Using a Polar heart rate band and a small node app I wrote using noble, I created a real-time heart rate overlay including the current heart rate and a streaming line graph built using D3. The heart icon pulses and increases in speed as the heart rate increases. This can be added as a source to OBS or XSplit to showcase a streamer's heart rate as they encounter tense or exciting moments in a game (or other media). In the future I hope to play with heart rate (and other biometrics, maybe galvanic skin response next) as a real-time input into a VR app.
Check out a short video of the stream in action here and the source code here. If you want to check out the original proof of concept which just juxtaposes a heart rate graph with gameplay capture, you can find that here.
During a 2-day Vox Media hackathon in 2016, I put together a quick proof-of-concept for visualizing the success of stories on social networks using WebGL and the metaphor of a solar system. Each story is a planet and its moons represent the story being shared on Facebook and Twitter. The size of the moons coorelates to the engagement on the social posts.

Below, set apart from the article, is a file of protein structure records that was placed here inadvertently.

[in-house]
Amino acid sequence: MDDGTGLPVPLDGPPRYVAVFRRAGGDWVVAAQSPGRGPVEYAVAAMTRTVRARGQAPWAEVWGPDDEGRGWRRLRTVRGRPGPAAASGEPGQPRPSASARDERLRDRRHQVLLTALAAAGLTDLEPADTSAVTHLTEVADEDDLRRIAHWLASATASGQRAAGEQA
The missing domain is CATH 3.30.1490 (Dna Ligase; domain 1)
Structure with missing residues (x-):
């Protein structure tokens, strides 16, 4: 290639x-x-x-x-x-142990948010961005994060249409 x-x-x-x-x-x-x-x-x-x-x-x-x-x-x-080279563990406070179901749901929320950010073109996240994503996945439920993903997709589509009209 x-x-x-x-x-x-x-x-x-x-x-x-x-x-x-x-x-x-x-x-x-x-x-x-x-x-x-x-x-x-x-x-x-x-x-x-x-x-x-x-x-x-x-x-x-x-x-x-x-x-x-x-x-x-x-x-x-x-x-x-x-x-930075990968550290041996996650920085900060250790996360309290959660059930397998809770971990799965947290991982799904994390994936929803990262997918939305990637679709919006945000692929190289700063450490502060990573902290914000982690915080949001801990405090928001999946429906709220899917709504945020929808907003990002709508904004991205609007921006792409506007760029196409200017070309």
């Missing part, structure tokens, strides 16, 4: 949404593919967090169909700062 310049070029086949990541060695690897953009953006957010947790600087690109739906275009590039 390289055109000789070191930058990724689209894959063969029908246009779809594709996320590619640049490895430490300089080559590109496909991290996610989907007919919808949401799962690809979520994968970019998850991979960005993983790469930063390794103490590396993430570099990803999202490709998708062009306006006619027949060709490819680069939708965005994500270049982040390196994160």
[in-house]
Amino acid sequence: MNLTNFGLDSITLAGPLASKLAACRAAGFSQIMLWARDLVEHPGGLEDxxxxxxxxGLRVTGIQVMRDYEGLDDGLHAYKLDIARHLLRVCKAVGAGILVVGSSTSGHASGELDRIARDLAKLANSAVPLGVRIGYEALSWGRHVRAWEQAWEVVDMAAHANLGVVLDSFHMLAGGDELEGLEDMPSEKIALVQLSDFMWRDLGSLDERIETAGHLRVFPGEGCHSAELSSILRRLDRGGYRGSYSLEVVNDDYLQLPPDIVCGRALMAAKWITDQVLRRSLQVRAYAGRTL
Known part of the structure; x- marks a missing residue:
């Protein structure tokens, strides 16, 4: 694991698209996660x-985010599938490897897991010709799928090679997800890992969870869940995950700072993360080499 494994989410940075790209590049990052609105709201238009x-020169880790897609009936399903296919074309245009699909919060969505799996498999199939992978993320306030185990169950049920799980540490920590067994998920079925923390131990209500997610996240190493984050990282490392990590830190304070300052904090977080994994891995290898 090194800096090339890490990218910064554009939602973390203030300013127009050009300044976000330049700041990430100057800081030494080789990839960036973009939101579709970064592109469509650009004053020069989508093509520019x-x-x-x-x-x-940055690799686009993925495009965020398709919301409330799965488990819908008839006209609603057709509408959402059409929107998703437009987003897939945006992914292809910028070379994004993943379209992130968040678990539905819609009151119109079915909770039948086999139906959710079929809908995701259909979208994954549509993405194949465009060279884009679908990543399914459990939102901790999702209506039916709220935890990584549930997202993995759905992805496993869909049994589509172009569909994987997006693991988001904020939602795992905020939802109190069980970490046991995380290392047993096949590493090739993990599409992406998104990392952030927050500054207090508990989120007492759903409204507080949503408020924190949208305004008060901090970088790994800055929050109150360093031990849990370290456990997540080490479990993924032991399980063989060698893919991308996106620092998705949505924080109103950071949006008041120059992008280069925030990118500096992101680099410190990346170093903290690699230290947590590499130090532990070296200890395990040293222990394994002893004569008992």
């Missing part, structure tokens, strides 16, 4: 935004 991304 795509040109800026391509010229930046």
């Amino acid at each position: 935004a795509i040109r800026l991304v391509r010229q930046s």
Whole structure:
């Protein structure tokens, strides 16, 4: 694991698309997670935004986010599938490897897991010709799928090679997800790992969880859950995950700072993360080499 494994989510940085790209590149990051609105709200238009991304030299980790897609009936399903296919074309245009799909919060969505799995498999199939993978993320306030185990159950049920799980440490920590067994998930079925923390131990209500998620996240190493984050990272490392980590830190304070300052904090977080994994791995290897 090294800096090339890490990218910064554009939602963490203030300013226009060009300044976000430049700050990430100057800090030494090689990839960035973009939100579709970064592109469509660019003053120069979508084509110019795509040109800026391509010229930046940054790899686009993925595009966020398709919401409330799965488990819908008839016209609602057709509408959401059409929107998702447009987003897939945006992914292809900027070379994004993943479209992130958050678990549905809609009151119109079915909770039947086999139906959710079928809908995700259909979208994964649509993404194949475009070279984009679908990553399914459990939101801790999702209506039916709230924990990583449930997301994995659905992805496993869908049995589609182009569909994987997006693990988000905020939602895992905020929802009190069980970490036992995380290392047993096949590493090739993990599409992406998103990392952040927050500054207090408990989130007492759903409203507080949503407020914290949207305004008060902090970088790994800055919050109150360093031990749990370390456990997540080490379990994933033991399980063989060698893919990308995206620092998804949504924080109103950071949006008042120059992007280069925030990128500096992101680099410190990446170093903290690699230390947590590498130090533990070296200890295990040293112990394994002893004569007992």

When Vox.com initially launched they invested editorially in the idea of explaining the news, and the CardStacks product was the manifestation of that editorial strategy. During a hack-week to kickstart the development of the site, Blake Thomson (another Vox engineer) and I built out the responsive Backbone front-end for the CardStacks product. I worked on quickly building a high-fidelity prototype of the user interface and transitions to nail down the look and feel while Blake figured out how we would populate the content. The product has now undergone numerous revisions but in a few short days we were able to go from a vague concept to a complete editorial product. You can read more about the vox.com launch here.
During 2013 and 2014 I served as a Product Manager and Front-end Engineer for a dedicated Polygon team and our first project was to collaborate with editorial, video, and sales on the reviews for the PS4 and Xbox One. These pieces were highly acclaimed and held the throne as the top traffic-generating content Polygon for quite some time. They also inspired a few blog posts on mimicking the animation style. See the PS4 Review here and the Xbox One Review here.
I was one of a number of engineers on the launch team for Polygon.com and stayed on as the sole front-end developer after the launch to continue to iterate on the site. I was responsible for multiple parts of the site, including (but certainly not limited to) multiple iterations of the nav, article page, features hub, and of course many of the easter eggs.